Occasionally, I hear the opinion that topical TV panel shows such as Have I Got News for You and Mock the Week are “scripted”. Clearly, this is meant pejoratively, not merely descriptively. A scripted programme would not presenting itself to us honestly.
I don’t believe this (I have seen a couple of recordings of similar shows, and there isn’t any evidence of scripting to my eye), but equally they aren’t simply a handful of people going into a studio for half-an-hour and chatting off the top of their head. My best guess for what is happening is a mixture of genuinely off-the-cuff chat, lines prepared in advance by the performers themselves, lines suggested by programme associates, material workshopped briefly before the performance, and some pre-agreed topics so that performers can work in material that they use in their live performances. All this, of course, topped by the fact that a lot of material is recorded, and the final programme is a selective edit of this material.
But, if it were to be scripted from end-to-end, and the performers essentially actors reading off an autocue, why would that be a problem? Like Pierre Menard’s version of Don Quixote, we wouldn’t know the difference. Why would knowledge that these programmes were scripted actually make them less funny? That is, that knowledge would make us laugh less at them—this isn’t just some contextual information, where we would still find it just as funny, but feel slightly cheated that it wasn’t as spontaneous as we are led to believe. We would, I would imagine, actually find it less funny.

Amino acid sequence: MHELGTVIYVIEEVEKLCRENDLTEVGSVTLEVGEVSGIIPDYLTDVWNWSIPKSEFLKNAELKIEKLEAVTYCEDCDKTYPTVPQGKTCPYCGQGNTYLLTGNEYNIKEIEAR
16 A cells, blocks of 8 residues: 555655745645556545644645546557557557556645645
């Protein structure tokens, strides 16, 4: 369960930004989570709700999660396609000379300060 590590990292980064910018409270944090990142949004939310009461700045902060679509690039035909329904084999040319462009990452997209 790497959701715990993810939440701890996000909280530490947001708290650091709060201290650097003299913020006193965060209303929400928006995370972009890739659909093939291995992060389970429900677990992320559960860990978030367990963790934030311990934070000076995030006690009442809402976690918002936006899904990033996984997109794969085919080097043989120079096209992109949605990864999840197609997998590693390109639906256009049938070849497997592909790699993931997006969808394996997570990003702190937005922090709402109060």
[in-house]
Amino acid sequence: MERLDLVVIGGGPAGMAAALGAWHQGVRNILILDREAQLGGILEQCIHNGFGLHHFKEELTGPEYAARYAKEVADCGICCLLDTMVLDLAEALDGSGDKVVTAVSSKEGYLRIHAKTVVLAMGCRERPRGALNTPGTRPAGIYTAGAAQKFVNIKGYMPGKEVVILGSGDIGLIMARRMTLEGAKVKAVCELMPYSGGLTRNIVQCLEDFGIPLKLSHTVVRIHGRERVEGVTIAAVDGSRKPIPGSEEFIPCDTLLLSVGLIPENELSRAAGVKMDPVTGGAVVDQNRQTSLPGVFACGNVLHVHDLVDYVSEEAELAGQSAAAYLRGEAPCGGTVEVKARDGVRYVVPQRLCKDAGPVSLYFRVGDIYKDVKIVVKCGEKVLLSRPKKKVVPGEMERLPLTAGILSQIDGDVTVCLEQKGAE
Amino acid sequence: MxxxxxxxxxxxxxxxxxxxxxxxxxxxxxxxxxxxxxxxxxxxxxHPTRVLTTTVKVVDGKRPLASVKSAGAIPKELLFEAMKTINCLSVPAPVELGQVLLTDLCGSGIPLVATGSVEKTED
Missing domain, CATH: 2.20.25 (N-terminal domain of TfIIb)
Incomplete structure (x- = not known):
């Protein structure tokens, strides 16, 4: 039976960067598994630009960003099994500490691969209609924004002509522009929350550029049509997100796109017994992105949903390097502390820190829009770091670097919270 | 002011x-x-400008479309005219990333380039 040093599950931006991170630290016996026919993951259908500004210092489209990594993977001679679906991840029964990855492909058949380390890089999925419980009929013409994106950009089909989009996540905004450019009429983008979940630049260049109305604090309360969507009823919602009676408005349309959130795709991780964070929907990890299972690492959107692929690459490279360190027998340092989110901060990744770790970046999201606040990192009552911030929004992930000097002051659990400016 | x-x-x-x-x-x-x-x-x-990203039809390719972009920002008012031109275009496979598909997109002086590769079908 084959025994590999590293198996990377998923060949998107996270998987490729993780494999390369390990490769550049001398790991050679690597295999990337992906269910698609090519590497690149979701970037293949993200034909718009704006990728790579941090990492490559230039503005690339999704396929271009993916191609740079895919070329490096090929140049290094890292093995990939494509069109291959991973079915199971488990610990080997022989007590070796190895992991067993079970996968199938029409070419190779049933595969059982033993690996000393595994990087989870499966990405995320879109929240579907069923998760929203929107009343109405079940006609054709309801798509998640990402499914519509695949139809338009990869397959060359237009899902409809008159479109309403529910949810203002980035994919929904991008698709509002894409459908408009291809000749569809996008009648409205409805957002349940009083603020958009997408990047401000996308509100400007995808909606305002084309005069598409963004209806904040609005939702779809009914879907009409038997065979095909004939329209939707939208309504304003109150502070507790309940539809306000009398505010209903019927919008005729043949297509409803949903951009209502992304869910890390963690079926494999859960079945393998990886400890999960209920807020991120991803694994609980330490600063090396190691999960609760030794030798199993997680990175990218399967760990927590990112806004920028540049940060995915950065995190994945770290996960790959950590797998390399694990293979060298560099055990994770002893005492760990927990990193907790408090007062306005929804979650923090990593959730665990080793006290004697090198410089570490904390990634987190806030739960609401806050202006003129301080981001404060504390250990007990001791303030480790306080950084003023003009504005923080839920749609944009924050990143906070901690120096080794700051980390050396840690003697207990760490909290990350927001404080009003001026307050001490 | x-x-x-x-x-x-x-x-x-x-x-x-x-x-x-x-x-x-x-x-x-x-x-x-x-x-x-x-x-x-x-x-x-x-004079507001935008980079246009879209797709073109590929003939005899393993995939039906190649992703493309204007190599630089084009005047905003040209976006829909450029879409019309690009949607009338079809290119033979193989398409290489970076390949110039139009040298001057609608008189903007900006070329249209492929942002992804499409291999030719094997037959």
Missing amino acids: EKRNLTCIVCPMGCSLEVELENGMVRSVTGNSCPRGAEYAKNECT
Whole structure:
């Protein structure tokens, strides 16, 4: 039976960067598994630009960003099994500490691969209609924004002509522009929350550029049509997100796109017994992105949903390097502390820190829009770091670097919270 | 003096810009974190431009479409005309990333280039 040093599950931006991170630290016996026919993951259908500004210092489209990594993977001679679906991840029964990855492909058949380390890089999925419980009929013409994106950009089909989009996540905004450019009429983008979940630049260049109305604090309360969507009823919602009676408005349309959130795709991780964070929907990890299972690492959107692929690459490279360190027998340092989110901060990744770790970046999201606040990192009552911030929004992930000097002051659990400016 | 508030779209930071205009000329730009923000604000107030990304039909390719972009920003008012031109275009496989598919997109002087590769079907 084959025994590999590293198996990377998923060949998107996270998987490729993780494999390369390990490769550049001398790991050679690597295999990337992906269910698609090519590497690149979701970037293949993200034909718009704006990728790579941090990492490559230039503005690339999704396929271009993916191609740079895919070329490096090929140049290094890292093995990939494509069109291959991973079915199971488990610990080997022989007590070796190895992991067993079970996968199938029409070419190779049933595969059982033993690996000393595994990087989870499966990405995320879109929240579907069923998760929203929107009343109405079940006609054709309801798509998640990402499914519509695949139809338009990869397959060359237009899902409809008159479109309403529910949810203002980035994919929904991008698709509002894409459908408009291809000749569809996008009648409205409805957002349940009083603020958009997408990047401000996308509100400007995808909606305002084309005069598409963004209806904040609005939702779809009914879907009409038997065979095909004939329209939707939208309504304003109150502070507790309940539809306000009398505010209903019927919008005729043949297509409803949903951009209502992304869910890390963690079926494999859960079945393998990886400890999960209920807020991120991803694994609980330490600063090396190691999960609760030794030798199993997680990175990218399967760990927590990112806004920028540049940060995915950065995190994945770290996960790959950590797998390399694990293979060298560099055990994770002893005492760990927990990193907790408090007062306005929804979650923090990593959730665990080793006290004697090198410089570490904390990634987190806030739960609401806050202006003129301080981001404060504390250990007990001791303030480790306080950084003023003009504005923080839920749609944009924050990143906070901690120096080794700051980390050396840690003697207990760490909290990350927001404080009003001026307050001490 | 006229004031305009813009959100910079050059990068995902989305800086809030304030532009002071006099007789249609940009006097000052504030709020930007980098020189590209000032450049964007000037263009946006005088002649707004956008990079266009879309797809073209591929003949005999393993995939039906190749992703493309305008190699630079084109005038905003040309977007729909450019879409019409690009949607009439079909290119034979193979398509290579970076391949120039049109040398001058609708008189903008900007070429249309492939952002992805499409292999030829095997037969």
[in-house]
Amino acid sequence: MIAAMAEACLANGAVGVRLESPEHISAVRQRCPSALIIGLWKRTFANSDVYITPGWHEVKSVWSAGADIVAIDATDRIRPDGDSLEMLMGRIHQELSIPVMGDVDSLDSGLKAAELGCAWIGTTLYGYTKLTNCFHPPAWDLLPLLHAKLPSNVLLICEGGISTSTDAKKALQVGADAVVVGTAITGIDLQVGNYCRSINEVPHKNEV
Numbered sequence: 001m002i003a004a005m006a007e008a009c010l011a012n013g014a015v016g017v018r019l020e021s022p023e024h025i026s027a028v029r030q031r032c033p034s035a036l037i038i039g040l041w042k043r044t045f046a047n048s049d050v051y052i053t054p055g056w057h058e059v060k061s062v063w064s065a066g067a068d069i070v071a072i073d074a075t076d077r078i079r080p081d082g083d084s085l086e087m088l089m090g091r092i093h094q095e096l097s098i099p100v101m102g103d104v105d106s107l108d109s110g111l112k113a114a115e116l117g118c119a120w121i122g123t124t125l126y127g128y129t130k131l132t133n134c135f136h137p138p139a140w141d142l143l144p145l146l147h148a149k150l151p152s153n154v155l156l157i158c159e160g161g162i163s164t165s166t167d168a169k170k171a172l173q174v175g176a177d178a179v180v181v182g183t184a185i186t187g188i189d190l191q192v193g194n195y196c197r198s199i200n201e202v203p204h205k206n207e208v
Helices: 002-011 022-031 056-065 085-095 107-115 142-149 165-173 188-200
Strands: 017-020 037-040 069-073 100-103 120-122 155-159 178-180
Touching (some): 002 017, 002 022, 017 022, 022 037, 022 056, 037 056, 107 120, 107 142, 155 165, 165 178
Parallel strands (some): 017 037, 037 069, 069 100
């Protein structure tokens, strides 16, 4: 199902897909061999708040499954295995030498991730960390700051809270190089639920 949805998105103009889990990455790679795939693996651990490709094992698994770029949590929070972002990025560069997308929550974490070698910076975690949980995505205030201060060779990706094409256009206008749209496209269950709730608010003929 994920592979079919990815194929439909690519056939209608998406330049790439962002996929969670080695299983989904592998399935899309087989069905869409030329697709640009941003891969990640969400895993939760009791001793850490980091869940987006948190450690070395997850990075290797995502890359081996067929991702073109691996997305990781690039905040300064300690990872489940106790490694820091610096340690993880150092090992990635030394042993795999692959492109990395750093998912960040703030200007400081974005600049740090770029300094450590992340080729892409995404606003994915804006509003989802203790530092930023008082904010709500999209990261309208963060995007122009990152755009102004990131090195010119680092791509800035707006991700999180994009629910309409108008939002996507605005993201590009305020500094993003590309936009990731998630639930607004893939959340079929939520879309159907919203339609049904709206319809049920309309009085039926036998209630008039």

There’s something about the human connection here. Even though we don’t know the performers personally, there is still some idea of it being “contextually funny”. Perhaps in some odd way it is “funny enough” to be funny if we believe it to be spontaneous, but not funny enough if we believe it to be scripted. Perhaps we are admiring the skill of being able to come up with the lines “on the fly”—but admiration doesn’t usually cash out in laughter. Somehow, it seems to do with the human connection that we have with these people. We find it genuinely funny because of the context.
I’ve often wondered why I can’t find other country’s political satire funny. I can work out the wordplay in Le Canard enchaîné, but I don’t chuckle at it. I might admire it, but the subjects of the satire are just too distant; perhaps I don’t have a stake in the subjects in the same way that I do in the people that I read about in Private Eye.
When I used to lecture on the Computational Creativity module at Kent, I would talk about the Joking Computer system, an NLP system that could generate competent puns such as “What do you get if you cross a frog with a street? A main toad.”. I used to say that we would find that joke funny—genuinely funny—if it was told to us by a six-year-old child, say your younger brother or sister, even though it isn’t a hilarious joke. Similarly, perhaps, we might give the computer some leeway—it isn’t going to produce an amazingly funny joke, but it is funny for a computer. But, this argument always felt a bit flat. Perhaps it is the human connection—we don’t care that the (soul-less) computer has “managed” to make a joke, we lack that human connection.
My drama teacher at school used to say about the performances that we took part in that he wanted people to say that they had seen a “good play”, not a “good school play”. There is something in that. Perhaps, the same is true for computational creativity. It needs to be “creative enough” to be essentially acontextual before we start to find it genuinely creative.